A Hanoi’s precious specialty
People do not know exactly when the craft of making Com (young sticky rice) in Vong village began but the legend has it that in an autumn of a thousand years ago, a typhoon hit Vong Village of today Cau Giay district, Hanoi city, threatening to destroy the local paddy field which was just about to ripen. In order to avoid starvation, villagers tried to harvest the young rice soon and dry them so as for the rice not to perish.
Photo: Com Vong Tam Tam
A pleasant surprise happened as the dried rice had a distinct flavor and fragrance, that then has become a special dish of the village. Villagers started selling Com lang Vong (young sticky rice of Vong Village), as a snack, around Thang Long citadel or present Hanoi. Then, it was much sought after by connoisseurs and became one of the village’s tributes to the King of the Ly Dynasty (11th -13th century).
Com lang Vong was made of young glutinous rice when it is about to ripen, that still contains the rice milk inside and is fragrant.
Making ‘com’ is a very hard and meticulous work. Firstly, good rice is selected, then thrashed, sieved and washed in large washers to eliminate the thin grains that float on the surface. Then, the rice is dried in a large iron pan over a wood fire. After that, ‘com’ is pounded by hands.
The process of pounding and drying com is the most important step. This know-how techniques are often kept within the household, never to be transferred to outsiders or daughters for fear that they would pass them to their husband’s family.
Through many ups and downs of history, the traditionally renowned craft of making Com lang Vong is still well preserved and developed. As the autumn approaching, local villagers buy young rice from surrounding village to making com.
Though people of Vong village or today’s Dich Vong Hau ward of Cau Giay district do not plant rice, the village still resounds with sound of rice pounding and the fragrant smell of com.
Photo: Vietstar Tourism
Great efforts in traditional craft preservation
In the past, up to 98% of households in Vong village pursued the craft of making com. The urbanization and modernization process within the city have turned Vong village into a rapidly developing residential area. The rice fields around the town are gradually being occupied by high-rise office buildings, crowded condominiums and busy business areas.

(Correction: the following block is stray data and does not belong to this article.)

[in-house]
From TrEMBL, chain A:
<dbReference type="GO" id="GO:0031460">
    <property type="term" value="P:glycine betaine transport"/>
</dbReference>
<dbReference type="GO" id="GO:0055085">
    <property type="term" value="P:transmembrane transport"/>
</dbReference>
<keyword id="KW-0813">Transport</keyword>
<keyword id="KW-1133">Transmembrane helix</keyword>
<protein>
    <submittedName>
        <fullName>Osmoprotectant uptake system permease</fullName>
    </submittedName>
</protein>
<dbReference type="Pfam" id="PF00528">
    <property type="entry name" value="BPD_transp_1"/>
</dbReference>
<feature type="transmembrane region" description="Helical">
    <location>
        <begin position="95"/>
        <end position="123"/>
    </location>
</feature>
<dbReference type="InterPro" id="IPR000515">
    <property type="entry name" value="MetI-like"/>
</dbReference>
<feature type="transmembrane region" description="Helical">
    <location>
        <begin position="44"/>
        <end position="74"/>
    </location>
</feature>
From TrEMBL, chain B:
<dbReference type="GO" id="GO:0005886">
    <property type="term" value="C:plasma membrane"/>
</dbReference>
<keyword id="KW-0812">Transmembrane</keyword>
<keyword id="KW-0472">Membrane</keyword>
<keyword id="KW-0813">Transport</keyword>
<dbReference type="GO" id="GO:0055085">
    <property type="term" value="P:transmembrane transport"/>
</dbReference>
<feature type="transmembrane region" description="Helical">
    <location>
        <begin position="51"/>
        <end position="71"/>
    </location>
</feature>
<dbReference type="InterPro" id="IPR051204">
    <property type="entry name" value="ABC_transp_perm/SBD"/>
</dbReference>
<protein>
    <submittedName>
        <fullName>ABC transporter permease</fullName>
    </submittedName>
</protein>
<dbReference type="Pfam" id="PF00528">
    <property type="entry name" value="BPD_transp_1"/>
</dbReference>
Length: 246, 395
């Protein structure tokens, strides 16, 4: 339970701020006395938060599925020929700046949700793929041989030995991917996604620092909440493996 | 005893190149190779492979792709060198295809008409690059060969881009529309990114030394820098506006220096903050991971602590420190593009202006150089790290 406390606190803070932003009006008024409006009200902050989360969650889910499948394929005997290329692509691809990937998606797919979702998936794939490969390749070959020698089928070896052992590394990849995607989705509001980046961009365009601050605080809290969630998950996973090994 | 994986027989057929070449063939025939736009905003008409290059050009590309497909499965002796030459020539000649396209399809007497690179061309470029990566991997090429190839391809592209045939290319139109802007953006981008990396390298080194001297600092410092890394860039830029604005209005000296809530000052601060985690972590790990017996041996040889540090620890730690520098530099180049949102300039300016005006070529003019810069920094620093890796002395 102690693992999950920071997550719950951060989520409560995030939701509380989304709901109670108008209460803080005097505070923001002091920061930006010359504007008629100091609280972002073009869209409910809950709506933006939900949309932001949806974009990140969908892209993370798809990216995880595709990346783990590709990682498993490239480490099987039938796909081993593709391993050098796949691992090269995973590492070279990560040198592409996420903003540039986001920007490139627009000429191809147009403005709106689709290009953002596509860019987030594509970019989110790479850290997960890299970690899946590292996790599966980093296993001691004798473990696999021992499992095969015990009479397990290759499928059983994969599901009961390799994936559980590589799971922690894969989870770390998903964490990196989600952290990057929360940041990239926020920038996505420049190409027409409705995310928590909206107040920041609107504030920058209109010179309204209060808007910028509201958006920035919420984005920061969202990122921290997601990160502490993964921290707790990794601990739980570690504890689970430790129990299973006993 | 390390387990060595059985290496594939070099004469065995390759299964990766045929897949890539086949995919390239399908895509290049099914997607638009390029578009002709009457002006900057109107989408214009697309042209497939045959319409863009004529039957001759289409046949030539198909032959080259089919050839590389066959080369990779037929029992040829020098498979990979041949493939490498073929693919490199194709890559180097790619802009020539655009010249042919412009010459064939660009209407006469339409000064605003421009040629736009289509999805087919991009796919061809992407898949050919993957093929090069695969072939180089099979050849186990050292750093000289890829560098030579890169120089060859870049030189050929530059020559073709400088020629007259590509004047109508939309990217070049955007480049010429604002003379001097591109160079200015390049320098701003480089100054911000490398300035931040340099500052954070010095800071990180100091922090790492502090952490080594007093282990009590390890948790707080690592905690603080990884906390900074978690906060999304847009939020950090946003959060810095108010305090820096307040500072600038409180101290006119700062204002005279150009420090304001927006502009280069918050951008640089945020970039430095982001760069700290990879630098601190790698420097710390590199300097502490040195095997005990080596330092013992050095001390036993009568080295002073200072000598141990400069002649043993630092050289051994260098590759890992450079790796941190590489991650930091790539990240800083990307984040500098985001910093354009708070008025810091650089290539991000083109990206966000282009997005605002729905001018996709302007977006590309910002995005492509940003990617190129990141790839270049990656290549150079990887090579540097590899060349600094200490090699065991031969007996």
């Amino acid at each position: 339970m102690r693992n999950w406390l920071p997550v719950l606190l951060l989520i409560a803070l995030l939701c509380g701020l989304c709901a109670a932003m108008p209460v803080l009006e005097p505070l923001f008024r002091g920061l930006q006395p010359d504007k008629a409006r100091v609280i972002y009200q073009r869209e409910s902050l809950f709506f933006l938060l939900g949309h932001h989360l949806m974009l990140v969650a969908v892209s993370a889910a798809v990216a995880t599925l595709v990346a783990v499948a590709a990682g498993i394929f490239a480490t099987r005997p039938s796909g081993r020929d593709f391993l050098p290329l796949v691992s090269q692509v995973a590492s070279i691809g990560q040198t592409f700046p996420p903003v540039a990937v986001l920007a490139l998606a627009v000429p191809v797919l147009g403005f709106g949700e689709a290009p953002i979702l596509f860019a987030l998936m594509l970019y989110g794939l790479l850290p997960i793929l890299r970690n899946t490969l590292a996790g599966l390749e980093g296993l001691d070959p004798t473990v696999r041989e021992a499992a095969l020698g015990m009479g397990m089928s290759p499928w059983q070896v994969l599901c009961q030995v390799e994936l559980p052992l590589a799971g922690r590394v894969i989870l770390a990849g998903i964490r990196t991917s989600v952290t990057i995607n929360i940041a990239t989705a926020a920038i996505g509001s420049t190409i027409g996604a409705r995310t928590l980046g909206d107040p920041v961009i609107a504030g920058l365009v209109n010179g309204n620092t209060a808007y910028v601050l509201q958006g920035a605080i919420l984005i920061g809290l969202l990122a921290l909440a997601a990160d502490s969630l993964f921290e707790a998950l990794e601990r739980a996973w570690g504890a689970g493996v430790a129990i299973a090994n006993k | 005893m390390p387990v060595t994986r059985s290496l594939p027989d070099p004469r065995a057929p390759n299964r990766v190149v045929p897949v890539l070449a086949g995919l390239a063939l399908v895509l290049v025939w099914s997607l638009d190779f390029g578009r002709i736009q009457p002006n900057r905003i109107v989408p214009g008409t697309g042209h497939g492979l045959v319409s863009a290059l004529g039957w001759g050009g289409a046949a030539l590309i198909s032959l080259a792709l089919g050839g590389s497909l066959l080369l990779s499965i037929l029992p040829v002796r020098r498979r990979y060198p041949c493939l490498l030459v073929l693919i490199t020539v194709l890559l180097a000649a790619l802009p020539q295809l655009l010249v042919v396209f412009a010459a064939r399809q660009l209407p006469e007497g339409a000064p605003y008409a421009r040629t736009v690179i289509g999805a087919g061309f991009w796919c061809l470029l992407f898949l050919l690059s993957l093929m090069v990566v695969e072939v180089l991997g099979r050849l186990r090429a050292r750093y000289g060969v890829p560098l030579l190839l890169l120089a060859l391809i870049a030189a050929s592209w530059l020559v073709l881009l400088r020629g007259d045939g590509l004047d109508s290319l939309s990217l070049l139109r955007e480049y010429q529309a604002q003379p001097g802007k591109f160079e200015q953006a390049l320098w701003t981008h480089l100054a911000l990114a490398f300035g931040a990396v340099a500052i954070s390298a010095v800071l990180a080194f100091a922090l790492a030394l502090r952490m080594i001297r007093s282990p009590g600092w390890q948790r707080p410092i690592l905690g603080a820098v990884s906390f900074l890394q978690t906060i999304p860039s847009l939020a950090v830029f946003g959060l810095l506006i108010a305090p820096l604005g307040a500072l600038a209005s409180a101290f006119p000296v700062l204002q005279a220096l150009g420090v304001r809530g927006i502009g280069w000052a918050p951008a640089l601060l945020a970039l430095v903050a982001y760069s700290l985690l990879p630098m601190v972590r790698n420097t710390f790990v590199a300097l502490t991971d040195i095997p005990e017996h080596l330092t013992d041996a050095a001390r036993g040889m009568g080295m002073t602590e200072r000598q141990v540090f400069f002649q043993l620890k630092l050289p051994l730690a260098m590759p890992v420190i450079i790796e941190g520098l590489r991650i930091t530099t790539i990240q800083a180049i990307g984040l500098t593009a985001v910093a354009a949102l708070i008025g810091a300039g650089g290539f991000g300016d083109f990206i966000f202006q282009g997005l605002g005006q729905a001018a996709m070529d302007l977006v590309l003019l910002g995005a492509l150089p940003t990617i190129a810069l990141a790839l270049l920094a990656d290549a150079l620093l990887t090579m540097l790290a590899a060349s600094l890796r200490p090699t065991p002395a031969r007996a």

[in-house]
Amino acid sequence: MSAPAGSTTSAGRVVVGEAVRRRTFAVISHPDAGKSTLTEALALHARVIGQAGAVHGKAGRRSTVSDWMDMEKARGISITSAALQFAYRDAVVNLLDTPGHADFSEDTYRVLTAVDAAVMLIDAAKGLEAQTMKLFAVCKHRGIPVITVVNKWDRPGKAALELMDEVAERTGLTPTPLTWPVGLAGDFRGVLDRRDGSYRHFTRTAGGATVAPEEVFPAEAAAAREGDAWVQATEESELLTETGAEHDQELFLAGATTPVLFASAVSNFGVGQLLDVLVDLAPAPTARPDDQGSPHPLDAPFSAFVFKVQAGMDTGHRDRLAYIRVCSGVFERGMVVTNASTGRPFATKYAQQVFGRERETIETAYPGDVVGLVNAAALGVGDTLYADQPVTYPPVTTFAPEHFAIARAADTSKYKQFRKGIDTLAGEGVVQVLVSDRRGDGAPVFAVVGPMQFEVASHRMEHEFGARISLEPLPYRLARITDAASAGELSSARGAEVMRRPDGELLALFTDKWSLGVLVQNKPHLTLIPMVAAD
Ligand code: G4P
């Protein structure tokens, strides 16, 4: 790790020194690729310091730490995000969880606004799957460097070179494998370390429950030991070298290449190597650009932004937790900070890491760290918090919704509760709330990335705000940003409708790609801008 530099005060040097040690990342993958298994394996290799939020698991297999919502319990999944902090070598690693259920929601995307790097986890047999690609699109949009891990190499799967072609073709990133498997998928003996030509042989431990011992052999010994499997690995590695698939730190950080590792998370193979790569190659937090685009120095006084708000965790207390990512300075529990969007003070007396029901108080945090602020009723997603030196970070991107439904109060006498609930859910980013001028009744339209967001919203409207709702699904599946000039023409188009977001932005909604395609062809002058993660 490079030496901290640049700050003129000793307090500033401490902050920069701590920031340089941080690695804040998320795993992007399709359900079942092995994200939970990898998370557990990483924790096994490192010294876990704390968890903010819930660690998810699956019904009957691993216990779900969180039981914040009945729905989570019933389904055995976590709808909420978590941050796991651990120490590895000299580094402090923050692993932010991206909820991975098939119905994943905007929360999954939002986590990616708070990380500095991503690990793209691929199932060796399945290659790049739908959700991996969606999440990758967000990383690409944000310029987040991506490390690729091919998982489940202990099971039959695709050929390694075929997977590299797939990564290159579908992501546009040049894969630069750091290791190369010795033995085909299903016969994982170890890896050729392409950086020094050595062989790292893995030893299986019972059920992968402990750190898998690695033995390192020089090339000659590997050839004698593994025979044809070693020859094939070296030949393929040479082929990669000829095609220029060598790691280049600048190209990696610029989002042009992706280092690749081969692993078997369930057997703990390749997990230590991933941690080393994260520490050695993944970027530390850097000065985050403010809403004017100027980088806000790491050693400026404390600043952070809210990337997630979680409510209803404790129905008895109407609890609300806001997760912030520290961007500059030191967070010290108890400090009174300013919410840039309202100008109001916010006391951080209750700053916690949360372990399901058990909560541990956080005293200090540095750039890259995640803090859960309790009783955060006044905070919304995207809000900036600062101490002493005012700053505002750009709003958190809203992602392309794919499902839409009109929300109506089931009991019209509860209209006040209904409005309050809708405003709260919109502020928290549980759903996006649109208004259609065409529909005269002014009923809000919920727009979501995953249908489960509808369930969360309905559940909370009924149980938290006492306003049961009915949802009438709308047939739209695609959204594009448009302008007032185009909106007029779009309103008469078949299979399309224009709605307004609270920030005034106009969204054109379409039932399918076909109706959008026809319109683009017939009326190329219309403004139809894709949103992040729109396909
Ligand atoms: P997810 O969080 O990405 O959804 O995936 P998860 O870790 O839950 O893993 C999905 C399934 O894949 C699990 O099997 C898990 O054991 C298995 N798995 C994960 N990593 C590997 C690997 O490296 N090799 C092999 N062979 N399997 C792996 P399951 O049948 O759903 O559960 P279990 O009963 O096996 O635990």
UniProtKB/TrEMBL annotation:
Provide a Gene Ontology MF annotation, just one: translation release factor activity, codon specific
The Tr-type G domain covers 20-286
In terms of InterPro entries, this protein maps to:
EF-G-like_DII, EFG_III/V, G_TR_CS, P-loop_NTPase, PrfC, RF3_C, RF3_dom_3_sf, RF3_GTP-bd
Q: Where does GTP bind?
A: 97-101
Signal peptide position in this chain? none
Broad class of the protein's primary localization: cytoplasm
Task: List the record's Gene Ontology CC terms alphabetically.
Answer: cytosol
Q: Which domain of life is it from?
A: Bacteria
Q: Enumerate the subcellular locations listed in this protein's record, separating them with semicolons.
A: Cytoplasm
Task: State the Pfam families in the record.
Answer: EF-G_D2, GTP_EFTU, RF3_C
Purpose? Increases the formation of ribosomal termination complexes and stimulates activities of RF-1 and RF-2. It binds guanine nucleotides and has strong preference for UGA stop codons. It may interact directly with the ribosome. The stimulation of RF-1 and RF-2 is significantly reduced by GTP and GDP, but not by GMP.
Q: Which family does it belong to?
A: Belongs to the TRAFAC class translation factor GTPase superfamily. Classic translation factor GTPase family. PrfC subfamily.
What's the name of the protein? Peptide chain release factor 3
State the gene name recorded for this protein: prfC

The villagers were still enthusiastic about their forefather’s traditional craft, so they have to buy young rice from other localities to make com. This was a time-consuming job while the rice quality is not guaranteed, so the craft profession of making ‘com’ in Vong village is gradually dying out, according to Ms. Do Thi Tuyen, the Director of Com Vong village Cooperative.
Many villagers also share this same concern as they are trying to maintain this long-standing craft despite the influences of the modern life.
Currently, there are 10 households with 70 artisans making com in Dich Vong Hau ward. From pounding the com by hand in the past, people now use machines to shorten the making process. Com has been introduced at many national and international fairs, exhibitions and seminars..
The two typical products of Vong village – the dried and fresh ones – are now exported to foreign markets of South Korea, Hong Kong, the US, Germany, France, Canada, among other countries.
Photo: Halo Travel
According to Nguyen Quang Thang, Chairman of the People’s Committee of Dich Vong Hau ward, com officially became a protective trademark by Hanoi Department of Industry and Trade since mid-2019.
“In the coming time, Dich Vong Hau ward will support com making households by building an exchange floor of com. We will also lend them a hand in searching for a trusted rice supply source to ensure food safety and hygiene. At the same time, we will expand the market of com nationally and internationally,” he said.
Mr. Thang also added that the local government is planning to build a cluster of tourist destinations in Vong village, including a center of Com Lang Vong exchange exhibition, nearby Hau Temple and Thanh Chua Pagoda.